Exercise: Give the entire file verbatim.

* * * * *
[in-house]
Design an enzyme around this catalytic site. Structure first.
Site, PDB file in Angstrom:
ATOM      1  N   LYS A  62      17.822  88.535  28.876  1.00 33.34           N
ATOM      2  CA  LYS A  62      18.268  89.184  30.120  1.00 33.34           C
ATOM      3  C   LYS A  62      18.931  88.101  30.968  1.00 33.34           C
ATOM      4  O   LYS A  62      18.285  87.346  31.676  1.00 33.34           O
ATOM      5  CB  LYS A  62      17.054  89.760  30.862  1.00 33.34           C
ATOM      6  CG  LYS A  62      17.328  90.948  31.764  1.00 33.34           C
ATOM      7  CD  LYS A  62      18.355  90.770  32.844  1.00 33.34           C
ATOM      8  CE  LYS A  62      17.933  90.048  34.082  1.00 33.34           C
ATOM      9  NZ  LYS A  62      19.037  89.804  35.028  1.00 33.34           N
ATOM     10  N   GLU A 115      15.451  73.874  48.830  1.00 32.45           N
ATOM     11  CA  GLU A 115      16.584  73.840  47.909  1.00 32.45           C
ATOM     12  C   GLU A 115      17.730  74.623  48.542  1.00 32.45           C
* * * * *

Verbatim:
[in-house]
Design an enzyme around this catalytic site. Structure first.
Site, PDB file in Angstrom:
ATOM      1  N   LYS A  62      17.822  88.535  28.876  1.00 33.34           N
ATOM      2  CA  LYS A  62      18.268  89.184  30.120  1.00 33.34           C
ATOM      3  C   LYS A  62      18.931  88.101  30.968  1.00 33.34           C
ATOM      4  O   LYS A  62      18.285  87.346  31.676  1.00 33.34           O
ATOM      5  CB  LYS A  62      17.054  89.760  30.862  1.00 33.34           C
ATOM      6  CG  LYS A  62      17.328  90.948  31.764  1.00 33.34           C
ATOM      7  CD  LYS A  62      18.355  90.770  32.844  1.00 33.34           C
ATOM      8  CE  LYS A  62      17.933  90.048  34.082  1.00 33.34           C
ATOM      9  NZ  LYS A  62      19.037  89.804  35.028  1.00 33.34           N
ATOM     10  N   GLU A 115      15.451  73.874  48.830  1.00 32.45           N
ATOM     11  CA  GLU A 115      16.584  73.840  47.909  1.00 32.45           C
ATOM     12  C   GLU A 115      17.730  74.623  48.542  1.00 32.45           C